In the North American northern Great Plains region, despite its non-native status the perennial Altai wildrye Leymus angustus (indigenous to Asia) is recommended for stabilising and remediation of salt affected soils. Establishment success by sowing is however, highly variable, perhaps due to fluctuating environmental extremes in the seedbed (temperature extremes and moisture deficits are major factors that influence germination, growth and seedlings survival on the Plains). This study investigated the effect of temperature and moisture on Altai wildrye germination, seed solute leakage and seedling growth.
Seeds (approximately 10 months old; from Agriculture Canada Research Station, Saskatchewan, Canada) were subjected to five pretreatments(applied to seeds placed on a filter paper disc in Petri dishes): stratification (5º C); stratification plus drying (30º C); stratification plus freezing (-10º C); cool-dry storage (5º C); and laboratory storage.
Stratification entailed adding 7 mL of distilled water to the petri dishes and incubating seeds in the dark at 5º C for 48 h.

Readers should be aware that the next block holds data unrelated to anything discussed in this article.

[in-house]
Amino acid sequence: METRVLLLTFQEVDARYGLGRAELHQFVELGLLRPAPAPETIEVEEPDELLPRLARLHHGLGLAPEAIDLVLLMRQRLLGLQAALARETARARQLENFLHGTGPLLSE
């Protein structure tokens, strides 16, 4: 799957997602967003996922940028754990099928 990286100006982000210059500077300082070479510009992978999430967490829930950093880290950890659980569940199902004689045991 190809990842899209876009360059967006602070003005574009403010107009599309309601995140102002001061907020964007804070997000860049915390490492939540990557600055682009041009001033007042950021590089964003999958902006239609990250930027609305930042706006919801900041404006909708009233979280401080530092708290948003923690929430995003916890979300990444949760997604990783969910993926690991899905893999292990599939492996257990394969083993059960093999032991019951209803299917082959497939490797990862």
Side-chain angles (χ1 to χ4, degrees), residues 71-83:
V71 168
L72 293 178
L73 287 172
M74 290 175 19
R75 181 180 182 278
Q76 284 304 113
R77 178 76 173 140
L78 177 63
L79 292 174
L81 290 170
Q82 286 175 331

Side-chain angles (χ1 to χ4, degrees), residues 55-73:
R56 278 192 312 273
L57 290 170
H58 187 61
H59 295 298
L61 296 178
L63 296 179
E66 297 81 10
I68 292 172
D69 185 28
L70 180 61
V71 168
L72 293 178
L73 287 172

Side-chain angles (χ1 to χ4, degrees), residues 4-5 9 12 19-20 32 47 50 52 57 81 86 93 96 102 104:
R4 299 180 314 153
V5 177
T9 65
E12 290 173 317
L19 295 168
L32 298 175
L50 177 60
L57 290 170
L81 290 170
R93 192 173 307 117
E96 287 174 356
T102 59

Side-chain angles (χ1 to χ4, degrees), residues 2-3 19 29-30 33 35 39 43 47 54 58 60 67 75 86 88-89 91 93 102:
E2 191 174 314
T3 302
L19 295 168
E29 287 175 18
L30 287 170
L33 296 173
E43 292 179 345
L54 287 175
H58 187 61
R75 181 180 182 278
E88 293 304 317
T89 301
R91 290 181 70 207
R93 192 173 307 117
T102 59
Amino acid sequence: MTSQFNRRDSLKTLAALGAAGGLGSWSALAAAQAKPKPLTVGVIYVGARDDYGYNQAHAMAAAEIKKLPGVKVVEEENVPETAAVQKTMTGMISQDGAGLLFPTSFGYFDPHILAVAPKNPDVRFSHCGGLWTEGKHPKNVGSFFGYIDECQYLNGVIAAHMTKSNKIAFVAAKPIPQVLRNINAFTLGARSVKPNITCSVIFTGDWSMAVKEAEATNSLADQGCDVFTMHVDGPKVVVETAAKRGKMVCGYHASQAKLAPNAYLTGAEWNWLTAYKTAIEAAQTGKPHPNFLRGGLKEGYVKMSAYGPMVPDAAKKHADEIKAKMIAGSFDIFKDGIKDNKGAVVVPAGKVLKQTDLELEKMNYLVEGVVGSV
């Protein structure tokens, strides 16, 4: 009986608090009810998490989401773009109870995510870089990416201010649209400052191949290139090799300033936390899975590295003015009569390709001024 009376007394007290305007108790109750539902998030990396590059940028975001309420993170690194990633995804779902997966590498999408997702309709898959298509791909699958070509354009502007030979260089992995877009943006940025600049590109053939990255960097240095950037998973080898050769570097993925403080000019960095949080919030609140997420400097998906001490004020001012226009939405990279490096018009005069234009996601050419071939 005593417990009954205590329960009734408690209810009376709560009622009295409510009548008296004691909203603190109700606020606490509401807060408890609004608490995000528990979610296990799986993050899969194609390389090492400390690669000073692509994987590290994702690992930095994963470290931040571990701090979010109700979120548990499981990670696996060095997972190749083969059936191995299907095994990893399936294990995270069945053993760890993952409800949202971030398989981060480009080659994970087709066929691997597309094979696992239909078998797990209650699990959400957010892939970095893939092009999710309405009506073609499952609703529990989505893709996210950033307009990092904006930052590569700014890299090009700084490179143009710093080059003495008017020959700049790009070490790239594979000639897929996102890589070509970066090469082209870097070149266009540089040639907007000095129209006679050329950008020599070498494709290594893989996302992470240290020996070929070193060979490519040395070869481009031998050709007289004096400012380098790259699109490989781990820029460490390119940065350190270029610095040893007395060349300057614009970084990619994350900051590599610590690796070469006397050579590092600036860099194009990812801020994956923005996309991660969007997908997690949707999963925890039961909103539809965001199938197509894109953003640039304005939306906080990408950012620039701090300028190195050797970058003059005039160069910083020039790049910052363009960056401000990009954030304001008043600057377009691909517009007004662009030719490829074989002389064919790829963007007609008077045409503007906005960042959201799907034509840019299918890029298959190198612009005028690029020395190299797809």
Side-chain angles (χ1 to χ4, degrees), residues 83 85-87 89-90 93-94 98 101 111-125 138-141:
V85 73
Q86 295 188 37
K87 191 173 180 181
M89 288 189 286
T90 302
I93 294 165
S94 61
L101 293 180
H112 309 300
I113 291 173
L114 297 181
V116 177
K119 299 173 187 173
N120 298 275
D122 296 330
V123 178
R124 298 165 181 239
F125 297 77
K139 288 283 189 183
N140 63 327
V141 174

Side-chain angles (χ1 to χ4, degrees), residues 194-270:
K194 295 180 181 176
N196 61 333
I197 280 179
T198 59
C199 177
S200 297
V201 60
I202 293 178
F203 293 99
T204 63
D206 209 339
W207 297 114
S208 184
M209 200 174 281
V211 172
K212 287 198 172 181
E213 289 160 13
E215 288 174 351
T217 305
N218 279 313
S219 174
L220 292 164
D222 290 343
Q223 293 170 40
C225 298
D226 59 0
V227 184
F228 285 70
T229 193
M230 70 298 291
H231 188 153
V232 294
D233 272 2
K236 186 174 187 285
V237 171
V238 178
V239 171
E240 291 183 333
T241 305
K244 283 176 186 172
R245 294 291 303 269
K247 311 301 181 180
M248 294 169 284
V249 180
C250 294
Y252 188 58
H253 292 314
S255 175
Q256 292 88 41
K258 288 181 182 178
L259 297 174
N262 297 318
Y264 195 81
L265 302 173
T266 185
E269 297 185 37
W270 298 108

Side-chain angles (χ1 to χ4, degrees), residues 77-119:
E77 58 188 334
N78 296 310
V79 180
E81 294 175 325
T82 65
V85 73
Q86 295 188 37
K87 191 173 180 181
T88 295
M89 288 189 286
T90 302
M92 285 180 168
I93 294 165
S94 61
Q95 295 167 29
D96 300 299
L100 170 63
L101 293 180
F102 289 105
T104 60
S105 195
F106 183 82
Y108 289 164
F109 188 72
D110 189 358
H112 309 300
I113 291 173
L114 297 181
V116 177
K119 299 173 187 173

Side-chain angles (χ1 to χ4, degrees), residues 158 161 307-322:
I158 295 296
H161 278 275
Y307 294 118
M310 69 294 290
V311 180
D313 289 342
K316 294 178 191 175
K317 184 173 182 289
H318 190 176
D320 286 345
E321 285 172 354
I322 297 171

After pre-treatment, seeds were incubated at 10 and 20º C in a gradient of six osmotic potentials (i.e. moisture conditions): -0.10, -0.35, -0.69, -0.99, -1.22 and -1.59 MPa. Samples of 25 seeds subject to each pre-treatment were assessed for solute leakage. Samples of 50 seeds were assessed for etiolated seedling growth (seedlings grown for 5 days at 15ºC in darkness).
Germination was higher and more rapid over the range of osmotic potentials at 20º C than at 10º C with germination poorest in the stratification + freezing pretreatment. In the absence of water stress, leakage of solutes was 21% lower (ranging 0.50-0.54) from stratified seeds than unstratified (i.e. cool dry and lab storage) seeds (0.65-0.68). Leakage at -0.48 MPa (range 0.86-0.87) was similar across pretreatments.
Reduced germination and seedling growth was apparent in stratified seeds subjected to freezing. Root growth (averaging 14.9 mg) and shoot growth (averaging 6.4 mg) of these seedlings was reduced by 34 and 76% respectively at -0.48 MPa, compared to the other pretreatments.
Results of this study (and others) indicate that minimizing seedbed temperature extremes could improve Altai wildrye germination and seedling growth.
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